The experimental, creative, and at times imaginative nature of the Mercury program has always fascinated me. The program and the decision that preceded it answer a totally unique question: what do you do when you suddenly need to put a man in space and you have no previous experience to build off of? (Left: the Mercury astronauts inspect a Mercury model. Front, L-R: Grissom, Carpenter, Slayton, Cooper. Back, L-R: Shepard, Schirra, Glenn. 1959)
Gene Kranz, who served as a flight director for the Mercury, Gemini, and Apollo programs, recalls in his autobiography that the Mercury program controllers were writing the procedures manuals for the program while the missions unfolded. Engineers, scientists, and flight controllers couldn’t anticipate what would happen to a man in space, but they could document events as they unfolded. The knowledge gained in the first missions affected those that followed, ultimately enabling NASA to compose a wealth of knowledge on manned spaceflight.
This cobbling together of procedures and methods isn’t limited to the missions. This same method of ‘learning while we go’ is evident in NASA’s astronaut selection criteria. Prior to the first-generation Mercury program, administrators had no idea what would these men would be facing. To be safe, they sought the most perfect specimens of health and mental stability – the most perfect man, or men, they could find.
The search for the perfect men was a multi-stage process. While acrobats, daredevils, and contortionists were briefly considered as potential astronauts, the final base requirement set by Eisenhower stipulated that the candidate pool be limited to test pilots. Test pilots were thought to be well suited in light of their experience with new and unproven aircraft. Additionally, their military status would simplify issues of security clearance – the US was, after all, at war. In addition to this background, candidates had to be under 40 years of age, under five feet eleven inches, in excellent physical condition, hold a bachelor’s degree in engineering or its equivalent, be a graduate of a test pilot school, and be a qualified jet pilot with at least 1,500 hours of flying time.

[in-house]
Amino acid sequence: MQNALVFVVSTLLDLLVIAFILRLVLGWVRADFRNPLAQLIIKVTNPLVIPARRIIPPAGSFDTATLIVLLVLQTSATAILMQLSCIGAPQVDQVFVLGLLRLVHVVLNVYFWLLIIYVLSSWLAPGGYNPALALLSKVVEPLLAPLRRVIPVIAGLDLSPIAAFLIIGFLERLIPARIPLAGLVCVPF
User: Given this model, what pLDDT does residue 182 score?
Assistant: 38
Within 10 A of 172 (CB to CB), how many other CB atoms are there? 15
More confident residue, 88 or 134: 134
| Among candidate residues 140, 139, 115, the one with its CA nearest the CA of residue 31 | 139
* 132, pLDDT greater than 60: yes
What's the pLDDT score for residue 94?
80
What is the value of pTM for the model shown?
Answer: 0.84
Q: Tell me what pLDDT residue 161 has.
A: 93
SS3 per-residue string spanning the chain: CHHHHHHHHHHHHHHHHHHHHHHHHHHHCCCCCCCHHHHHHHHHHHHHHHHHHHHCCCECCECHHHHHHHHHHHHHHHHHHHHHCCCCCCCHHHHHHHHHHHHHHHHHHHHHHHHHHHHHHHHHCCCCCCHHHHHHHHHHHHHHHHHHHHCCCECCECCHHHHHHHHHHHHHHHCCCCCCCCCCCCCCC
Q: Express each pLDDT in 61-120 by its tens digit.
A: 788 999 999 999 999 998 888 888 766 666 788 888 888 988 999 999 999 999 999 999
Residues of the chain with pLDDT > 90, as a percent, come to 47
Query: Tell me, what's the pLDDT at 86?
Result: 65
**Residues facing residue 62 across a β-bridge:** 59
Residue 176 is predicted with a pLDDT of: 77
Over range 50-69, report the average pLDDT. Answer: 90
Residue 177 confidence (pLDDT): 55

These requirements proved to be rather limiting. From the United States Air Force, the United States Navy, and the United States Marine Corps, only 110 men met the basic requirements. The first 69 to volunteer were interviewed. 32 were selected to proceed to the final round in the testing process – physical and mental fitness testing.
The 32 candidates first submitted to extensive physical examinations at the Lovelace Clinic in Albuquerque, New Mexico. In designing the physical tests, doctors and scientists had theorized about what havoc a weightless environment might wreak on the human body. Without gravity to maintain pressure on the eyes, would they change shape, causing blurred vision and putting the astronaut in sudden and desperate need of eyeglasses? Without gravity, would an astronaut be able to swallow? Would weightlessness cause the astronaut to lose his sense of equilibrium during flight, bringing on a sudden bout of space sickness? (Above, Scott Carpenter tests his balance)
The physical testing, most historians of the space age agree, was some of the most intensive and thorough medical exams ever to done on a group of men. More than 30 tests yielded complete chemical, encephalographic, and cardiographic data on each candidate. Otolaryngologists knew these men’s ears, noses, and throats and optometrists knew their eyes in intimate detail. Nothing was off limits to the doctors. The Mercury astronauts only half joked during a 1959 press conference that the doctors had probed every orifice the human male has to offer, and then some, all in the name of ‘science’.
To some candidates, the rationale behind such extensive physical testing was apparent: the doctors were trying to establish a physiologic baseline against which health in spaceflight could be measured. With this rationale in mind, many submitted more or less happily to the barrage of tests. Scott Carpenter interpreted the whole process as a test of his determination; to show discomfort was to show weakness. The real test was one of mind over matter. John Glenn was of a similar mind. The extent of the testing fascinated him, and he took great pride in his performance. (Above left, John Glenn proves he can balance, even in a bow tie)